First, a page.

Hospital’s New Children Cardio Surgery ORs Incorporate State-of-the-Art HVAC System Design

Nov 8 2019

Orlando’s Nemours Children’s Hospital ORs use custom air handlers with dual low temperature coils, UV and HEPA filtration, energy wheel, fan walls and other cutting-edge features,

Open heart surgery for children demands some of the healthcare industry’s most stringent indoor environmental quality (IEQ) requirements; however Nemours Children’s Hospital’s new cardiovascular operating room (CVOR) far surpasses all current standards with a state-of-the-art HVAC design.
Supplying robust outdoor air while maintaining surgery-mandated low dew point temperatures in the inherently humid environment of Orlando, Fla., was an IEQ and outdoor air energy-efficiency challenge solved by innovative HVAC engineering and custom manufactured equipment.

The Lake Nona Medical City campus-based hospital’s new sixth-floor, 12,300-square-foot surgical OR HVAC was designed by consulting engineering firm TLC Engineering Solutions, Orlando. The CVOR and an adjacent Hybrid OR/Catheterization Lab are the featured spaces surrounded by supplementary pre and post-operation rooms, a waiting area and patient rooms. The retrofitted area also includes a 1,090-square-foot mechanical room housing each ORs’ independent custom commercial air handler manufactured by Temtrol—division of Nortek Air Solutions, St. Louis, and specified by TLC’s Ricardo Walker, associate/mechanical project leader.

Both ORs were designed under Class C recommendations, the most stringent class outlined in the Facility Guidelines Institute’s (FGI) Guidelines for Design and Construction of Hospitals and Outpatient Care, which encompasses many standards, including ASHRAE Standard 170 Ventilation of Health Care Facilities recommendations. Furthermore, combining FGI guidelines with cardiology surgeon requests resulted in an unconventional CVOR room temperature of 55°F, which is nearly 10 degrees colder than typical ORs. Equally challenging was surgeons’ requests for a post-operation 20-minute CVOR temperature rise of 20-degrees to 75°F to quickly warm patients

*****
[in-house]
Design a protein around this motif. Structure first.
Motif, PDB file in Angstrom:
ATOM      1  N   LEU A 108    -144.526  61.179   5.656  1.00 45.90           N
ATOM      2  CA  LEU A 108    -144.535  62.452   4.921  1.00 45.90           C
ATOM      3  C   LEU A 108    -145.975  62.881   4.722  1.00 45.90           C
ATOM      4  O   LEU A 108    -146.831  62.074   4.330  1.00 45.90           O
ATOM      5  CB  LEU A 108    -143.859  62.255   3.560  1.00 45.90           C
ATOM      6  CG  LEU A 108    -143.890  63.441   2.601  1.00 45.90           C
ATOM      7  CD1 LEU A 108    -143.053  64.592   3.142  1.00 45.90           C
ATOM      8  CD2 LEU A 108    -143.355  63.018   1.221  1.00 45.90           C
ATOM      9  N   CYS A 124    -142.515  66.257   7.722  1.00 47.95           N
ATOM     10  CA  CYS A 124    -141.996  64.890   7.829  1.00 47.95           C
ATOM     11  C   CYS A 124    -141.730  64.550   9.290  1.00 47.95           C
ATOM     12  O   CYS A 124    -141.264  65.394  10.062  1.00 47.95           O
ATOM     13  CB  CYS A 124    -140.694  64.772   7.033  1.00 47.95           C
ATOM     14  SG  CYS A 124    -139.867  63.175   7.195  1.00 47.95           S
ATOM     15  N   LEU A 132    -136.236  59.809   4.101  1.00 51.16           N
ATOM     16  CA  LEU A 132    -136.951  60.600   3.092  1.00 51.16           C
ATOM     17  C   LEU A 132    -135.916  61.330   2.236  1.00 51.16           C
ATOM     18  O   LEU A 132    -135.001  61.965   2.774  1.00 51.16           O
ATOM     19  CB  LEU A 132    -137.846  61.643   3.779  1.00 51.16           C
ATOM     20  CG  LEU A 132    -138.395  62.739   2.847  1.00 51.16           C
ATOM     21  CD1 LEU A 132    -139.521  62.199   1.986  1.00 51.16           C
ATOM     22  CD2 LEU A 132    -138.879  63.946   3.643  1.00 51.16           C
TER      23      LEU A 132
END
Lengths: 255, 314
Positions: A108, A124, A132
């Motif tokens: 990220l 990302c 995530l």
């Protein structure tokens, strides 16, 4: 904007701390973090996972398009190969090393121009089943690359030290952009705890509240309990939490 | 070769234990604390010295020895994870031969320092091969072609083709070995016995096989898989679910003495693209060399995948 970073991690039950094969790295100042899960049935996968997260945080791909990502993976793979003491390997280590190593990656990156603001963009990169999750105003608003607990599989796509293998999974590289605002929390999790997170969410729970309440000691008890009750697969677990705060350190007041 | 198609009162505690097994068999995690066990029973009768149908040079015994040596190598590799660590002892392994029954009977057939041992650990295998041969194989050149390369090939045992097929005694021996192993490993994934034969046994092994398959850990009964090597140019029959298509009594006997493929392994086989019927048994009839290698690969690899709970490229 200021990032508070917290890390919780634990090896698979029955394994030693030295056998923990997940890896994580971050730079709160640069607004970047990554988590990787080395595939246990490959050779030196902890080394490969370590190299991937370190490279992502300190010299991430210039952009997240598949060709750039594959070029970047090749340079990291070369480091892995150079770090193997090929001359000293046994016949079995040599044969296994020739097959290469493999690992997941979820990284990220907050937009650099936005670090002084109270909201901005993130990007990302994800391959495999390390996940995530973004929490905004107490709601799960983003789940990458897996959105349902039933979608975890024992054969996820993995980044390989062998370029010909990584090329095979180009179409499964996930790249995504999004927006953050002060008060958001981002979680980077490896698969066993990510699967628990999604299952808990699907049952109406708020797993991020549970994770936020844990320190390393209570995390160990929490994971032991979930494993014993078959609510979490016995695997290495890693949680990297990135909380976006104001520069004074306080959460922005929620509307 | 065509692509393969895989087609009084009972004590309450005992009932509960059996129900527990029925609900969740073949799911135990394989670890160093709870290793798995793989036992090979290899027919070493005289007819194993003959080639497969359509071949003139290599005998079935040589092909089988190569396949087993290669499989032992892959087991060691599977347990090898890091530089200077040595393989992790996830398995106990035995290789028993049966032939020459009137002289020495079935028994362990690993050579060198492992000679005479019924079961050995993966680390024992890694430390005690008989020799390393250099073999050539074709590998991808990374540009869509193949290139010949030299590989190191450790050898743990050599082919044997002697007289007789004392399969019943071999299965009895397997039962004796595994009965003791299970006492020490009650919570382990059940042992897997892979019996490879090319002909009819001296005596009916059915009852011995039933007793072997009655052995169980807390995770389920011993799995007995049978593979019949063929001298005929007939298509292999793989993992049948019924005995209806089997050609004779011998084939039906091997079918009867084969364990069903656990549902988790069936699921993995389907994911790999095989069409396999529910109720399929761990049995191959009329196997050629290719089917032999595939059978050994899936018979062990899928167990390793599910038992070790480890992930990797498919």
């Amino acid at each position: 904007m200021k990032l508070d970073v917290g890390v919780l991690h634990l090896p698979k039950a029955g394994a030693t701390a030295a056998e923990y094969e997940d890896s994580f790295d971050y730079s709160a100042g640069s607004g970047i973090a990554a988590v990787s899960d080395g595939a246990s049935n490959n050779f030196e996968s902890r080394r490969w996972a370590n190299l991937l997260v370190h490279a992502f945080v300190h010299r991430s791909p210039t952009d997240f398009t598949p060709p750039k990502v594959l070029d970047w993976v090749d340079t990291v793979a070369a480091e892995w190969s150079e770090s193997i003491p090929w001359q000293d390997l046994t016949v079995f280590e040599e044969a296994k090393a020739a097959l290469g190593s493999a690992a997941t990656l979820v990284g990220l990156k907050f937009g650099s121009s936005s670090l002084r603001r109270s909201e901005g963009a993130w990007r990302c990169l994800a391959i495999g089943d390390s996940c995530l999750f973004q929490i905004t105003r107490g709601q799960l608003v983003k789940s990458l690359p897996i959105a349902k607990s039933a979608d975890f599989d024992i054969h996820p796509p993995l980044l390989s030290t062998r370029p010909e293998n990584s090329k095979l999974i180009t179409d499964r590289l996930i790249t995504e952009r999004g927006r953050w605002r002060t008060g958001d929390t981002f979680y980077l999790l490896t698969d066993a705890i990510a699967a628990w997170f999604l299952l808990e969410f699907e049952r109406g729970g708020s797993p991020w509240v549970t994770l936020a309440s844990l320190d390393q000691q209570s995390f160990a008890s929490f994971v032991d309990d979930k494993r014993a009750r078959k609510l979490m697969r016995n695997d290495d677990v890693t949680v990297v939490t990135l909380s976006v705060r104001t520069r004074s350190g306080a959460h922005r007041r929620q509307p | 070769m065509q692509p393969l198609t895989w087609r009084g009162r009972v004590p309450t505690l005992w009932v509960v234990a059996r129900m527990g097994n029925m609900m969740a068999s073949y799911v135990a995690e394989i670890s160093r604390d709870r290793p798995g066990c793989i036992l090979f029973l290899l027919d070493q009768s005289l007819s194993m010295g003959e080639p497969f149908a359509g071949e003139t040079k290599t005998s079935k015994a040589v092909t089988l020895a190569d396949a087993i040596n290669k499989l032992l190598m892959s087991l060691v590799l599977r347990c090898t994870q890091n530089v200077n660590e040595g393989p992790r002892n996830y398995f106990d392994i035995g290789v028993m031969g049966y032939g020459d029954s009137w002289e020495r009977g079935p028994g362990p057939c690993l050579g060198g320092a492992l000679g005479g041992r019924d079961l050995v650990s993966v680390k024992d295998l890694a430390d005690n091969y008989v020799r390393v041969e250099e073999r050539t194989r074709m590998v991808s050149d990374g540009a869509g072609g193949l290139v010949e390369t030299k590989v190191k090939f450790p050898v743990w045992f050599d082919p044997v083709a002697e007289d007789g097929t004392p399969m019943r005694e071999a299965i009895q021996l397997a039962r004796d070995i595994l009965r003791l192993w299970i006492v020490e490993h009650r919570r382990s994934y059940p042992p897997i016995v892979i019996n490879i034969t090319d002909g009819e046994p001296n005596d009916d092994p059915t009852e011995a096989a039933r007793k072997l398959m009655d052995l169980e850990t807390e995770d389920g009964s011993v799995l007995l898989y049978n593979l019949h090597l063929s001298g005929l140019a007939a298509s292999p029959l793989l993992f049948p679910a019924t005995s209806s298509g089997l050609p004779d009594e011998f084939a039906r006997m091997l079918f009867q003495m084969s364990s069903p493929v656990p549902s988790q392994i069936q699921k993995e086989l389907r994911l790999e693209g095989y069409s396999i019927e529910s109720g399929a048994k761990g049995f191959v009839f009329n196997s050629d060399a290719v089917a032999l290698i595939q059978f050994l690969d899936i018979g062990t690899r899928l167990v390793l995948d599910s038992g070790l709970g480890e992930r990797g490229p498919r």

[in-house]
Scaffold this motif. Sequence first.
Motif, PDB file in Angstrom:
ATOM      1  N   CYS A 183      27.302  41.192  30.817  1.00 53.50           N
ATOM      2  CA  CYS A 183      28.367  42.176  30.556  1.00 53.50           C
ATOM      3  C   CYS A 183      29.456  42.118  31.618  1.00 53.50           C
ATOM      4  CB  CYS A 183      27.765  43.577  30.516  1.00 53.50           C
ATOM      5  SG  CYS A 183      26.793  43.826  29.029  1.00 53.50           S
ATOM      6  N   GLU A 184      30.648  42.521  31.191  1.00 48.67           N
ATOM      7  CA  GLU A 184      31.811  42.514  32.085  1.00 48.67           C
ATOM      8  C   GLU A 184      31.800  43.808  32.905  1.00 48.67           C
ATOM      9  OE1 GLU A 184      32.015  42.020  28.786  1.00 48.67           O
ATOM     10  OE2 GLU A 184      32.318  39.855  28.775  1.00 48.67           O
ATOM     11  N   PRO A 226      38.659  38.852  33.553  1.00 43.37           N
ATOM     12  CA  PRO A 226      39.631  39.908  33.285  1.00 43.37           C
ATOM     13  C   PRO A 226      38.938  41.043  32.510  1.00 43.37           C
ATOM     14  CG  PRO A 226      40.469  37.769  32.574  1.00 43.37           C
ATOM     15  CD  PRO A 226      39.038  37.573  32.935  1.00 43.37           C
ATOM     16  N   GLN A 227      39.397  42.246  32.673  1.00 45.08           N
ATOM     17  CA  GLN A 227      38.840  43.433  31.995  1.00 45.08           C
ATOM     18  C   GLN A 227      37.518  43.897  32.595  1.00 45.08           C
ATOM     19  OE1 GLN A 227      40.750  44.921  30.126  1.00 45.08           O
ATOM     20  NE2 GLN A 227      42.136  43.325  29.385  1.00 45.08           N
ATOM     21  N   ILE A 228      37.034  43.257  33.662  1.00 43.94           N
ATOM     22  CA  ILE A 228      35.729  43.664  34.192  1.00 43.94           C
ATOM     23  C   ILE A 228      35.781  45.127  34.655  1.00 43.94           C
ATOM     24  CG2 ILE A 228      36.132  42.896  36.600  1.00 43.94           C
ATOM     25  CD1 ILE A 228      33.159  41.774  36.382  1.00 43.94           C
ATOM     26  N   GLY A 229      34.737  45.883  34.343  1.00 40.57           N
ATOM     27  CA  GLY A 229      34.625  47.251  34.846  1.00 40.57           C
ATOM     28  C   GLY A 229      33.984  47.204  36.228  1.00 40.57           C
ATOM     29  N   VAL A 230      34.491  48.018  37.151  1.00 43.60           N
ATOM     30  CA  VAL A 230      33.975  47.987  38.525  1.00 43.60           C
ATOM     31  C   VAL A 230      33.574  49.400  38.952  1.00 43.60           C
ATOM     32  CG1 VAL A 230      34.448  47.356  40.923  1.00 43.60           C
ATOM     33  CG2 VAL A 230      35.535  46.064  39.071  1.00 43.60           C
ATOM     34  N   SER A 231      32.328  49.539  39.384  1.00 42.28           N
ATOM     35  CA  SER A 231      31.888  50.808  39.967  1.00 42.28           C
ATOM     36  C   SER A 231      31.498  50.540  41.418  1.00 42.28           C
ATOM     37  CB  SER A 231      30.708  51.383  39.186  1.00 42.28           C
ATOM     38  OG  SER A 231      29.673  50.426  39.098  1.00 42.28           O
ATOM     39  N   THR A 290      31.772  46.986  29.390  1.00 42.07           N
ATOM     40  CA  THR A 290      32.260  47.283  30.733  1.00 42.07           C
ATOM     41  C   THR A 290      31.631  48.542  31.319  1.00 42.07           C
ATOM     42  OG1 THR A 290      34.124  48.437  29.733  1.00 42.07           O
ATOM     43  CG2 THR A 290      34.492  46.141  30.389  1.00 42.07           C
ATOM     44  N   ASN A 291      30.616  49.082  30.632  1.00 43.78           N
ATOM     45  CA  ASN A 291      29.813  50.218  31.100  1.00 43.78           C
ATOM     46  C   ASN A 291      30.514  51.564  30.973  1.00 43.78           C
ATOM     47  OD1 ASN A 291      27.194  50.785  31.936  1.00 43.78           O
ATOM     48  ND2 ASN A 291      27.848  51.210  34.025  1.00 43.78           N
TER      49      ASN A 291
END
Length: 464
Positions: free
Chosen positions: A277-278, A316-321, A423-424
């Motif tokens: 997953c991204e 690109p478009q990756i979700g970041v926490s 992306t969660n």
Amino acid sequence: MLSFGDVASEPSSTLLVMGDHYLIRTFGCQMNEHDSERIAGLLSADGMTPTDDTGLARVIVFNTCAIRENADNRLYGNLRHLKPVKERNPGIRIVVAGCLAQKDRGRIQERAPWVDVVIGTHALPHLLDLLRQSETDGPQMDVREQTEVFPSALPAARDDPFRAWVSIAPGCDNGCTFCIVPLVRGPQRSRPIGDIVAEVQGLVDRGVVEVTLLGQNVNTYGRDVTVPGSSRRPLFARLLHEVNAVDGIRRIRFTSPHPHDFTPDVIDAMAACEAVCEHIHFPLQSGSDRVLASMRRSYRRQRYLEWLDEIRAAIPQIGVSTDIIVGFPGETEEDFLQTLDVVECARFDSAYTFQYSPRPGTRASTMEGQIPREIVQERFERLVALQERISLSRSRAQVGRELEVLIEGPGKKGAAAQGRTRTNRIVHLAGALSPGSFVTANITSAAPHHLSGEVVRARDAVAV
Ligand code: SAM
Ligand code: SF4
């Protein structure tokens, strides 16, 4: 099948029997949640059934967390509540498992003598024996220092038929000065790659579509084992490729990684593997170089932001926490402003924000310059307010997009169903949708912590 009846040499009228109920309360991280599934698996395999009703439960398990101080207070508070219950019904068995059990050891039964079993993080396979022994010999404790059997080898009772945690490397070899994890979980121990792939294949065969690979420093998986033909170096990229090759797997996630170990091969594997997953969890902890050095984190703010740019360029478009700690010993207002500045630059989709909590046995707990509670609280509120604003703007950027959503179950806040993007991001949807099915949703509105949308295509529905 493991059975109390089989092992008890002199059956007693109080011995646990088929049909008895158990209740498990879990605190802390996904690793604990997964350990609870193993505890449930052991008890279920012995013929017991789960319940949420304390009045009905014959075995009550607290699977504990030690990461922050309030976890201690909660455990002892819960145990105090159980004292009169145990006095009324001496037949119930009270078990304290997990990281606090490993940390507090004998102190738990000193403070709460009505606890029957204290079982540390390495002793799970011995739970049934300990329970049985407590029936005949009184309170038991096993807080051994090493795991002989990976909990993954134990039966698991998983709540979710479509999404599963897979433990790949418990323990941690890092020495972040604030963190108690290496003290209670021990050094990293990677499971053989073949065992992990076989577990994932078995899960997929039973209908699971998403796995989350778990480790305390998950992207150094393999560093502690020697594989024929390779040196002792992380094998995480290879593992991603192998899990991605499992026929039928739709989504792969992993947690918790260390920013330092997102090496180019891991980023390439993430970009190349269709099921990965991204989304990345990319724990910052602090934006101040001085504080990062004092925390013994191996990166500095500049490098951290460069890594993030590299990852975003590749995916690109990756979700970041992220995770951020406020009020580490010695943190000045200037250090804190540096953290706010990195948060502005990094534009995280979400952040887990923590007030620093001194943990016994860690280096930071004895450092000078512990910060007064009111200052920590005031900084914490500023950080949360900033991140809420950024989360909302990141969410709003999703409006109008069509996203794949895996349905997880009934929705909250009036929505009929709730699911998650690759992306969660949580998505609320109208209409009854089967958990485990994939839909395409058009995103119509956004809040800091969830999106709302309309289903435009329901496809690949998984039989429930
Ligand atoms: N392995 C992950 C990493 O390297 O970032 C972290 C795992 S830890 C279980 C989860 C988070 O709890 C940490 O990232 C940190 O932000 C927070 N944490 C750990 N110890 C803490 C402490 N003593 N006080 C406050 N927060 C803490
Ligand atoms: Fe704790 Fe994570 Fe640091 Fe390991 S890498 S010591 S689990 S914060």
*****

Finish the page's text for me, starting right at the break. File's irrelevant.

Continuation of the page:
Consequently, custom equipment is needed to provide those set points and other surgeon IEQ requests while also delivering optimum energy savings. The OR area parallels the facility’s Leadership in Energy and Environmental Design (LEED) Gold certification it achieved after opening in 2012 as the nation’s first green-field children’s hospital in 40 years. The CVOR’s low temperature challenge is solved with a 7,000-CFM air handler featuring dual cooling coils. The primary coil, supplied by the central plant’s chilled water loop, has a 43°F leaving air temperature (LAT). A secondary glycol circuit booster coil efficiently brings the LAT down further to 34°F. “This design assures we can always provide a room temperature of 55°F and a 50-percent RH to the CVOR and still have enough latitude if surgeons change the parameters,” said Walker, who was assisted on the specification by Temtrol’s local manufacturer’s representative, Tom Barrow Co., Orlando. “Only a custom air handler can reach our 34°F temperature without freezing out the coil.”

Heating the OR to 75°F within 20-minutes is accomplished with a 48kW-in-duct heater, which reaches set point temperature faster than hot water coil heaters TLC normally prefers in hospital settings.